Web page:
Fletcher, who has vocally opposed the Green New Deal and legislation by U.S. Rep. Alexandria Ocasio-Cortez of New York that would ban fracking, said the claim that she has voted with Pelosi 99 percent of the time doesn’t take into account the vast majority of the more than 600 votes she cast in her first term. Pelosi only voted 79 times — mostly on the House’s top-priority legislation, like government funding, defense spending, health care and trade.

“It’s just a convenient way of not looking at my entire record,” Fletcher said. “It’s manipulating the data to get the statistic you want.”

Hunt issued a press release Thursday highlighting Fletcher’s 37 percent approval rating from the American Energy Alliance, the political arm for the Institute for Energy Research, a pro-fossil fuel think tank. Her score is tied for second-highest among all House Democrats, although it is worse than that of all but two Republicans.

“I think she broke her promise from day one by voting for Nancy Pelosi,” Hunt said earlier this year. “By voting for the head of that party, that basically represents legislation that would kill jobs here in Houston.”
Though the alliance disagreed with most of Fletcher’s votes, they cited her opposition to bills that would ban offshore drilling and restore protections against drilling in the Arctic National Wildlife Refuge as positive votes. Fletcher also wrote in a Houston Chronicle op-ed that the Green New Deal “relies too much on top-down, government solutions that will deepen partisan divisions, harm our economy, and squander our unique opportunity to get this right.”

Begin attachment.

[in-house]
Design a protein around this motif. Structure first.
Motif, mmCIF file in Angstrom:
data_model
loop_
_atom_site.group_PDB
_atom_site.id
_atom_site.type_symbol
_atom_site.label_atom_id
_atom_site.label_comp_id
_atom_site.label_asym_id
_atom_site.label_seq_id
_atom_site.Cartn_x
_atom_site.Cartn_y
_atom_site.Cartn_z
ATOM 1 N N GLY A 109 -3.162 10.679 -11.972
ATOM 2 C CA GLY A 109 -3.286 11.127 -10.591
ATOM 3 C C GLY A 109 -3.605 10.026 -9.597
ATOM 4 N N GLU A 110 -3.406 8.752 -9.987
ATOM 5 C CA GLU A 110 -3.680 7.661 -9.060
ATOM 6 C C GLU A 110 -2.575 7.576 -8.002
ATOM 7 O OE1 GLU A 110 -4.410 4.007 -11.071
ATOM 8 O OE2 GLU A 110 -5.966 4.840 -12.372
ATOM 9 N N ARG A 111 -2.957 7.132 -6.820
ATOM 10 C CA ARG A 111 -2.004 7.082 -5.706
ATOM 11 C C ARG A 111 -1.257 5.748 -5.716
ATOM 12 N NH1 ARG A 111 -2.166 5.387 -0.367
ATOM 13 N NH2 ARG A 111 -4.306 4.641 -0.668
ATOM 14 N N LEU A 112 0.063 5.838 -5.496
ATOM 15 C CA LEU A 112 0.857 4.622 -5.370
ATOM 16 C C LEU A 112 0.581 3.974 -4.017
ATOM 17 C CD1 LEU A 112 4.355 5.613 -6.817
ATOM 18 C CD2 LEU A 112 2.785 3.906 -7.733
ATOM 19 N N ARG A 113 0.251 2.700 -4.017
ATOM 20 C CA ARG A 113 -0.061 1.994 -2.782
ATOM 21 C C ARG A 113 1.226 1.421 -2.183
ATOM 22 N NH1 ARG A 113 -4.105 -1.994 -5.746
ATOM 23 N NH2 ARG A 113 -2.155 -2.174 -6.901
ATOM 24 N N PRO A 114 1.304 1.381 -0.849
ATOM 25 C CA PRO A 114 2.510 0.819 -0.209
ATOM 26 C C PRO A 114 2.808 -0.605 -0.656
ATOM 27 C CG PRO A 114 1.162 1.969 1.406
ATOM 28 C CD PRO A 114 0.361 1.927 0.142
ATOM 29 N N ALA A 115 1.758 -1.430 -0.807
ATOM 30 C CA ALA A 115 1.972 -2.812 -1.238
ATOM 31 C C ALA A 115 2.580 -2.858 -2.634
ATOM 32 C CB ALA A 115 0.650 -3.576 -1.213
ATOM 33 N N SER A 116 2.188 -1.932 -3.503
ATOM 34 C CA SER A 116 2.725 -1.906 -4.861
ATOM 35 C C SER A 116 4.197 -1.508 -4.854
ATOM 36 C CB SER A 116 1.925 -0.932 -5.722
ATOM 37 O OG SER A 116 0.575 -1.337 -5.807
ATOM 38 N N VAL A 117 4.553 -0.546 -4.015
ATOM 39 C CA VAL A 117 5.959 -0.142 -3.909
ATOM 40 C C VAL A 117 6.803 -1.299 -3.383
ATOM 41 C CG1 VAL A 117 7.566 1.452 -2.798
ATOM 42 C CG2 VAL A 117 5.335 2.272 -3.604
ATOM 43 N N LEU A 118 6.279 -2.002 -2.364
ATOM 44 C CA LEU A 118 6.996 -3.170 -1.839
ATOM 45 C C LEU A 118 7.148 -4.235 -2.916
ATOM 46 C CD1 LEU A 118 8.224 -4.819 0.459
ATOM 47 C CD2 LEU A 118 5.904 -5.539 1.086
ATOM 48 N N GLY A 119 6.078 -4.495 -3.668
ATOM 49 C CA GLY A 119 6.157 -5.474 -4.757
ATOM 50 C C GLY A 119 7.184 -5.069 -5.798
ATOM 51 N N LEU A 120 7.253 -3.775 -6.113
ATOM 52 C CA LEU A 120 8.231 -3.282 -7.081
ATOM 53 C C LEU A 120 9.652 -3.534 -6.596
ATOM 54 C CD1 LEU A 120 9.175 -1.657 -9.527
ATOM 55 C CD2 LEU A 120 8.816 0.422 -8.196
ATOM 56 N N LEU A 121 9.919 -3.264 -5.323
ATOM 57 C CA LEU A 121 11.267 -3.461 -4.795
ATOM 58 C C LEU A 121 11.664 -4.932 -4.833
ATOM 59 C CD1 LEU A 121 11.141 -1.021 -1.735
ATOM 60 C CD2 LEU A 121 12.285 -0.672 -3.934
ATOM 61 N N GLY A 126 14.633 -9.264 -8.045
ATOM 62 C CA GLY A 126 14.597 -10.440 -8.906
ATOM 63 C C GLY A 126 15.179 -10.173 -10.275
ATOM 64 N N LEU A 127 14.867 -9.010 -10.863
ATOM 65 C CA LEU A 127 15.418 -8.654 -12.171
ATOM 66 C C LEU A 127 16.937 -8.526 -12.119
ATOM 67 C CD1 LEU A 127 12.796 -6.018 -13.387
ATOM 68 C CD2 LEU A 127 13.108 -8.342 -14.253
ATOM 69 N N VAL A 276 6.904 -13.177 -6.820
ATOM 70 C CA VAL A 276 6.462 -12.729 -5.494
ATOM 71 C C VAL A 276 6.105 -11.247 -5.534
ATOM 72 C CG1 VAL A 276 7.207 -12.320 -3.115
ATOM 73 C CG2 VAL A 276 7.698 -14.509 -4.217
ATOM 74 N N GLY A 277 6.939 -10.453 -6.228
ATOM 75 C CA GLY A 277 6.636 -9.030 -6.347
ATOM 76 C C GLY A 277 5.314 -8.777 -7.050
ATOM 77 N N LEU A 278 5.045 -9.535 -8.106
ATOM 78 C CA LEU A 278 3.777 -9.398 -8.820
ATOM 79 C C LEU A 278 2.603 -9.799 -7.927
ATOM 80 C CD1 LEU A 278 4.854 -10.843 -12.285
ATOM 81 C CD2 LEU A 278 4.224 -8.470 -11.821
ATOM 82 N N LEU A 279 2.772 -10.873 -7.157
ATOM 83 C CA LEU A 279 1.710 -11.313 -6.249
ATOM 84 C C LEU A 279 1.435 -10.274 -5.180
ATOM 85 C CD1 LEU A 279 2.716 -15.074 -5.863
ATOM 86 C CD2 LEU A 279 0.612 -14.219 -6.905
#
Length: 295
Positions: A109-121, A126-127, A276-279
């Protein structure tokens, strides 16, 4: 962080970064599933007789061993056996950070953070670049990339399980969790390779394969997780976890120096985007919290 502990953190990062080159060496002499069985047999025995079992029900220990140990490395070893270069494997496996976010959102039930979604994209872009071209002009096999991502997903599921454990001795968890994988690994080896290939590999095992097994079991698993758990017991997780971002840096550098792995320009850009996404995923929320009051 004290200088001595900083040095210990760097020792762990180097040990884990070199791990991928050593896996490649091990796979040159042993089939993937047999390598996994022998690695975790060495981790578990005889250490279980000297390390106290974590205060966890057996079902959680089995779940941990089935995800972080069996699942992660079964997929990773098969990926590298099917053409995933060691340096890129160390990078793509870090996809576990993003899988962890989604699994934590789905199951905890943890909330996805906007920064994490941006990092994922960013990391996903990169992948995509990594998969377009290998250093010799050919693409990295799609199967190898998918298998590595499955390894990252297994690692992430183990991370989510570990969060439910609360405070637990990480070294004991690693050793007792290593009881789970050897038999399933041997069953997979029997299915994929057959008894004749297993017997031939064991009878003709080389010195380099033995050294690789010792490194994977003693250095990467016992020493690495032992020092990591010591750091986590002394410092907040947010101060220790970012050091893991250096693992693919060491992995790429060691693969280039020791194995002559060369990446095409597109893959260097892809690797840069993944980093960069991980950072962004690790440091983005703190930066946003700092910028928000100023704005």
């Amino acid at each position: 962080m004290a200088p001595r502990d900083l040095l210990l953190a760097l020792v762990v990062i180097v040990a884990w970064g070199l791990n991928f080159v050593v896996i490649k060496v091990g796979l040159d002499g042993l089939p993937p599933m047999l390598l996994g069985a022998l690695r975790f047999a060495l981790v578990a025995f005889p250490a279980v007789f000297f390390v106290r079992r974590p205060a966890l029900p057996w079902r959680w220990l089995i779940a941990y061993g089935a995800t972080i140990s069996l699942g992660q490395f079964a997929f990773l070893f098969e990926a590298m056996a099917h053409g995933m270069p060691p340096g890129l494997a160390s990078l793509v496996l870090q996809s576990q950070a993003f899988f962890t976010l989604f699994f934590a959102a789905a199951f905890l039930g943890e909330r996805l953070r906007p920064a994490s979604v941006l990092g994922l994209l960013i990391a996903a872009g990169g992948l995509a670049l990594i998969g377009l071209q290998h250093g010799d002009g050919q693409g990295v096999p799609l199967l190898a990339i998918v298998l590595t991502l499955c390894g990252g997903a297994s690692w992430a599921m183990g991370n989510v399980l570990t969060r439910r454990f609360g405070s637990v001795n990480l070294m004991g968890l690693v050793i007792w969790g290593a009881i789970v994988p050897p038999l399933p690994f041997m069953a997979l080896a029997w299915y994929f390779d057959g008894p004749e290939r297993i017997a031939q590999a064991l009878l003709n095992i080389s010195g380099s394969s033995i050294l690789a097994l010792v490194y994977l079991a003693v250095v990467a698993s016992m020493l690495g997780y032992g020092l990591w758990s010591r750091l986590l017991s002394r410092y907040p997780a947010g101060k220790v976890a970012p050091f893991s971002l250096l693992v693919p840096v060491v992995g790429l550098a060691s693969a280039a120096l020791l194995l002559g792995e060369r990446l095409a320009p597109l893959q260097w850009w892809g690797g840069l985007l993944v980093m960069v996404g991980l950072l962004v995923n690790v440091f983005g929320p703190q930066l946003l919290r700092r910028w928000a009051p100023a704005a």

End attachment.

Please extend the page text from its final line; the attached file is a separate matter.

“People in the energy business know I’m good on energy issues,” Fletcher said. “They’ve been working with me on important matters, and they know I have a good working understanding of them from my decade as a Houston lawyer representing energy companies on a wide range of matters.”

Health care

Fletcher, meanwhile, says energy is not the top issue in the district. Like virtually every Democrat, she is focusing on health care — an issue that helped her flip the district in 2018, and which she says is even more relevant in 2020.

The Supreme Court is scheduled to take up a Texas-led challenge to the Affordable Care Act a week after the election and Democrats contend that Republicans are dead set on scrapping the law, including its popular protections for preexisting conditions.

“We’re in this existential crisis with COVID,” Fletcher said. “There’s a lawsuit to take away the Affordable Care Act. People are terrified they’ll get COVID, they’ll have a preexisting condition the rest of their lives, they won’t be able to get coverage. It’s terrifying what’s happening — and it’s real.”

Hunt says he believes those with preexisting conditions should be protected, even if the ACA is repealed. Hunt also said he supports allowing people to stay on their parents’ insurance policies up to the age of 26, another provision of the ACA.

He did not specify what legislation he would support to accomplish either goal, but said the ACA has gotten too expensive and that competition in the market would help drive down prices.
“This is an opportunity for us to have substantive conversations to keep the good parts from the ACA intact and also address the cost issue,” he said. “That’s what I’m in favor of doing. And I think it’s actually the responsibility of the legislative branch to do just that.”